Although lumped with the other arrests at the time, some question whether Ghazi’s arrest and imprisonment were due to her blogging activities, and believe that she was targeted because she had exposed the ineptitude of the Judiciary and contributed to the reformist publication Emrooz. Though she had worked with many of the other cyber-journalists and more avid bloggers, she herself had only sporadically posted on her blog.280 Regardless of the reasons for her arrest, after her recuperation, blogging became an important part of her expression:

[P]rison taught me that you have to write in newspapers, in blogs and on websites, on walls and anywhere you can. I remember the time when [state controlled television] had banned the songs of Hossein Zaman. He said: ‘Let them ban my songs. I will sing them in the streets and alleyways.’281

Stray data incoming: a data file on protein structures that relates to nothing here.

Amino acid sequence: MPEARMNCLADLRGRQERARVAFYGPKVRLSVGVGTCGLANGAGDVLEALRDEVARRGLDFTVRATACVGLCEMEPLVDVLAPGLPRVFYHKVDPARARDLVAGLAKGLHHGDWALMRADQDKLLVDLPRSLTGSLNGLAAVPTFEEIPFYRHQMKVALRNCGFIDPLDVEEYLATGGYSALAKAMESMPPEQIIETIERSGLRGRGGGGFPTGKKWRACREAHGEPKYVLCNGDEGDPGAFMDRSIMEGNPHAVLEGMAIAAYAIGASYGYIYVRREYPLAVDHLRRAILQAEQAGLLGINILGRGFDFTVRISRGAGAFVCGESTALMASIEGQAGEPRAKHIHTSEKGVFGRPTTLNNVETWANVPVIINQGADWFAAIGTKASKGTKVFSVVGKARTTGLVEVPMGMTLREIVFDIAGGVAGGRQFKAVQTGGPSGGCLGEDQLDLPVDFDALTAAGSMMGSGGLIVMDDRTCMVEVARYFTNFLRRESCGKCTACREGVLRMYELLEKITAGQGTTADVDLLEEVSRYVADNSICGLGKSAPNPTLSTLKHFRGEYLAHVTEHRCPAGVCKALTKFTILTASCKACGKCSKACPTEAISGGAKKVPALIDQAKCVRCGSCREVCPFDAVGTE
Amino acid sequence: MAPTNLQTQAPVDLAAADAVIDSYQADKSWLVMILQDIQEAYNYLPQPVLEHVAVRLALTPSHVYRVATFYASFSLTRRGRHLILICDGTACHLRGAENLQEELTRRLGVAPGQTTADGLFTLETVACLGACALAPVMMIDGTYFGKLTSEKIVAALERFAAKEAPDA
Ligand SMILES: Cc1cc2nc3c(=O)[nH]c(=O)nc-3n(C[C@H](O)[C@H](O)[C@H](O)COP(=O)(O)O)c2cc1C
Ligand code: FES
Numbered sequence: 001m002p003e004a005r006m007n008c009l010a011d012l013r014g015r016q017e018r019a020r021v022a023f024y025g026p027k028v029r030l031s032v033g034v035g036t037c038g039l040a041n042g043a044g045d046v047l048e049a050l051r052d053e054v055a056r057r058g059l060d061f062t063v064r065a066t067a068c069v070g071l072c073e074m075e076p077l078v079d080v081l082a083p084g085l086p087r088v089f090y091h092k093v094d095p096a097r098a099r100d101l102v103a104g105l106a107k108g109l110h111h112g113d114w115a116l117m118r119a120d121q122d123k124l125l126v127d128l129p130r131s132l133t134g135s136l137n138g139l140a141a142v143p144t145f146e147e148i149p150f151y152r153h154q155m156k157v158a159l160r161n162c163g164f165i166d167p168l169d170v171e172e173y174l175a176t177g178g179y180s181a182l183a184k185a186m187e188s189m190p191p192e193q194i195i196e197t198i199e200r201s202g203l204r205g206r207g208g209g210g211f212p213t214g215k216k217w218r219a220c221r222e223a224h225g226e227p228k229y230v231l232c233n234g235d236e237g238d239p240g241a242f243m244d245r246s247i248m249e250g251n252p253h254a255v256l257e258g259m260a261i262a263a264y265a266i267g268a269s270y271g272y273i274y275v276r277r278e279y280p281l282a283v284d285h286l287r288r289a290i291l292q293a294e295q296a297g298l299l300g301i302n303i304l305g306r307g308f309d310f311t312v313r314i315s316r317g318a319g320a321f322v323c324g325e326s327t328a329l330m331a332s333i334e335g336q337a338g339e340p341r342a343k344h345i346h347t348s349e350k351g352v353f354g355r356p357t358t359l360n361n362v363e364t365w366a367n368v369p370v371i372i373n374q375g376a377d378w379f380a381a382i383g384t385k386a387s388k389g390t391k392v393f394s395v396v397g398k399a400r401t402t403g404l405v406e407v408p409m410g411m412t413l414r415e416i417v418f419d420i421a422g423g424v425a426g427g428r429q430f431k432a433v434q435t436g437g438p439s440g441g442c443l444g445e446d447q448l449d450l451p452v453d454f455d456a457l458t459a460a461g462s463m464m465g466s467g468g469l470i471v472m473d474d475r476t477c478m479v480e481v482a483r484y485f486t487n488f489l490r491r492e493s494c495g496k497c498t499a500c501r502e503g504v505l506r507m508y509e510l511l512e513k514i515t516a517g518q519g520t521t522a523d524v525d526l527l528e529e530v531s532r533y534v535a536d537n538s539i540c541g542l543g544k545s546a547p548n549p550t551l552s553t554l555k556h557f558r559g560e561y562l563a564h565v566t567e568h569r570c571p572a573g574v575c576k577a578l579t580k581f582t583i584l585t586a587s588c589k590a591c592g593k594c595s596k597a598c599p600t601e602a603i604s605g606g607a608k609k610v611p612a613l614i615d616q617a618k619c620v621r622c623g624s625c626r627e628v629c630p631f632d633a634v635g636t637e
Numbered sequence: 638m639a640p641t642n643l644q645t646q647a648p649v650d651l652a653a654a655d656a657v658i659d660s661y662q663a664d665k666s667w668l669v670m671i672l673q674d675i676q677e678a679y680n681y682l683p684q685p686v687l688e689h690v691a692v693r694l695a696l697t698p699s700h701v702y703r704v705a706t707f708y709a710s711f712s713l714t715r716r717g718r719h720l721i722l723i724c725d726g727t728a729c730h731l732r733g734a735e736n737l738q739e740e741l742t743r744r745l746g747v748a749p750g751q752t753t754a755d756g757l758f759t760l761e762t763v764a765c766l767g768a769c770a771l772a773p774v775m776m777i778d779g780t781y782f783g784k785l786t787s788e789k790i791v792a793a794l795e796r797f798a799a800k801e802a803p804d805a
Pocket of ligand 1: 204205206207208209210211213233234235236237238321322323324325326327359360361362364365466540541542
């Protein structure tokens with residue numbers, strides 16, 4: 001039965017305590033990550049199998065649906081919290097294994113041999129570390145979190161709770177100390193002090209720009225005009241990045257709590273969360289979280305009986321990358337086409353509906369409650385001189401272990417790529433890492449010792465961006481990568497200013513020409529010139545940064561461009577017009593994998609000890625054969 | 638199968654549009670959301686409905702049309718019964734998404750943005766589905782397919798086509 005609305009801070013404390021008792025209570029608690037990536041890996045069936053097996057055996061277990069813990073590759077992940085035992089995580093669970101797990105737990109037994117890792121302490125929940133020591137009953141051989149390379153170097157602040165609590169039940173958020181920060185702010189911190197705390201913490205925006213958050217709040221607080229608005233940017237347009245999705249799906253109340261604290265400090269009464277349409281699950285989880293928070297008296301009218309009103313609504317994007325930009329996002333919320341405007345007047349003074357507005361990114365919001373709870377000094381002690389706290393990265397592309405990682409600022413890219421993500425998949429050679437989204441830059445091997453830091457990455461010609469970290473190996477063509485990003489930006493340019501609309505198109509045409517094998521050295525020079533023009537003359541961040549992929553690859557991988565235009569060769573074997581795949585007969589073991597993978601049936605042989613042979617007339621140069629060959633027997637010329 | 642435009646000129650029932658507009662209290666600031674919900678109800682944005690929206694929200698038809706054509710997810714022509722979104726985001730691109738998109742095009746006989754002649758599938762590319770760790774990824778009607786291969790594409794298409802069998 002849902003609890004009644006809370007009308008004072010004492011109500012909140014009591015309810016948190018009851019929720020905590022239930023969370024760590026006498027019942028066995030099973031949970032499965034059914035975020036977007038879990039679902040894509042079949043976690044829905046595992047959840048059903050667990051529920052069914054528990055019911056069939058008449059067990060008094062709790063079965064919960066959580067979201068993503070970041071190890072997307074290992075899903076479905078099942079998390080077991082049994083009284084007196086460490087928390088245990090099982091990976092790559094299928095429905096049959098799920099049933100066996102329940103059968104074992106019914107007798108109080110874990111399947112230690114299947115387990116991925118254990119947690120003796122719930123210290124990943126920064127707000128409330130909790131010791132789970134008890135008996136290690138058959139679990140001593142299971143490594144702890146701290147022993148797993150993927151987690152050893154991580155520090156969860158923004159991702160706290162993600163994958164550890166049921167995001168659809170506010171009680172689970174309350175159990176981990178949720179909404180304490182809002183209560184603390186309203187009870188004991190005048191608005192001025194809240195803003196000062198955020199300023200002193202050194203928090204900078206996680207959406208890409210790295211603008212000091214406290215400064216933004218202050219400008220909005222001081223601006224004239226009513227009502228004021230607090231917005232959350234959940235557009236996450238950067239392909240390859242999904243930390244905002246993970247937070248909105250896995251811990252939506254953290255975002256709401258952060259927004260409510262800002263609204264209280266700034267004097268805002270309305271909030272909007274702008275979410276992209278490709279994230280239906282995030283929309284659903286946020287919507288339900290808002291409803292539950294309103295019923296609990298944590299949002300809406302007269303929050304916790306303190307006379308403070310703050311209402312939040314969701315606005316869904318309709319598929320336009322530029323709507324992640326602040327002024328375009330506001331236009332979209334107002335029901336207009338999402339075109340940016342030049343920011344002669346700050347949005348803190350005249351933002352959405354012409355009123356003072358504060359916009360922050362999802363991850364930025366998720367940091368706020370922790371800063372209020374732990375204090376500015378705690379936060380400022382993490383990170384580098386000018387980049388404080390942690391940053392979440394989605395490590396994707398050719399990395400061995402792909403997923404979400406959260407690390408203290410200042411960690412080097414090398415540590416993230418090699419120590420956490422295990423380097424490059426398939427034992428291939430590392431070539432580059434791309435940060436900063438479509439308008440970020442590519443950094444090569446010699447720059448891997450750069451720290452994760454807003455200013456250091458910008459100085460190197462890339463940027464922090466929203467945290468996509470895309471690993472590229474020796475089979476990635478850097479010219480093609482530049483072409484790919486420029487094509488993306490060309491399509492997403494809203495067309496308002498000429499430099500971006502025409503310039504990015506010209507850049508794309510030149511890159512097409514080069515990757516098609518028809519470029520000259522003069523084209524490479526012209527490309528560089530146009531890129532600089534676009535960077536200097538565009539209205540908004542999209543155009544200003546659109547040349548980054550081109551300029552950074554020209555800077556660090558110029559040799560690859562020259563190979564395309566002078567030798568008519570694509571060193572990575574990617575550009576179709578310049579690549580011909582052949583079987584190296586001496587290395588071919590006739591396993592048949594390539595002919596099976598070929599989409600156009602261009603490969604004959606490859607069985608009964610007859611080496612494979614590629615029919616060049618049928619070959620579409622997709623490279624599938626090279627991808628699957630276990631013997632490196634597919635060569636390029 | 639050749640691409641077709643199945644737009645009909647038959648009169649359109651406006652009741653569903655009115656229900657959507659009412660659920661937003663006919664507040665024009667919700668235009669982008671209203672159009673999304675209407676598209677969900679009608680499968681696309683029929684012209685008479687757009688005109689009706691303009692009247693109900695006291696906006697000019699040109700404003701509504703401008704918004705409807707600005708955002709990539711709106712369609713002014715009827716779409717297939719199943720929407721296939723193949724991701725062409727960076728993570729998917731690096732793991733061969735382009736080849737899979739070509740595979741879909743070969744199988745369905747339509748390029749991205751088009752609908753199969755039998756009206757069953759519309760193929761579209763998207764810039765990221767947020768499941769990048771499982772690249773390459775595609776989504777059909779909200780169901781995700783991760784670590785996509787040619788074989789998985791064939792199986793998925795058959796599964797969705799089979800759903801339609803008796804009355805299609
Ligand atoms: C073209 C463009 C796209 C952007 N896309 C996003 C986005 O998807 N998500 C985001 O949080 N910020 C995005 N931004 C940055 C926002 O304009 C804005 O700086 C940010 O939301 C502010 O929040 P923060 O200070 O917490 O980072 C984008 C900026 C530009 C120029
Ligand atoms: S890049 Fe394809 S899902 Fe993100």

[270]Id. Included were 13 individuals (named in full) living outside of Iran, 13 individuals (first name, last initial) living in Iran and collaborating with various sites and newspapers, and 7 individuals (first name, last initial) who had posts in the government, including Mohammad Ali Abtahi. Id.
[271]Shariatmadari, supra note 266. Rooydad was a website linked to the major reformist party, Islamic Iran Participation Front. Mazrui and Derayati’s fathers were top members of the party and actively negotiated for the release of the website’s staff members. See Mazrui letter supra note 252.
[272]Posting of Omid Memarian to omidmemarian, available at http://omidmemarian.blogspot.com/2004_09_01_omidmemarian_archive.html (Sep. 17, 2004) (last visited Apr. 27, 2009).
[273]Press Release, Human Rights Watch, Iran: Journalist Detained in Internet Crackdown (Oct. 13, 2004), available at http://www.hrw.org/en/news/2004/10/13/iran-journalist-detained-internet-crackdown (last visited Apr. 25, 2009).
[274]Mahal-i Nigahdariyih Omid Memarian Farda bih Vakil-i Viy I’lam Mishavad [Omid Memarian’s Place of Detention Will be Revealed to His Lawyer Tomorrow] ISNA, 26/7/1383 [Oct. 17, 2004], available at http://isna.ir/ISNA/NewsView.aspx?ID =News-444694 (last visited Apr. 25, 2009).
[275]Id.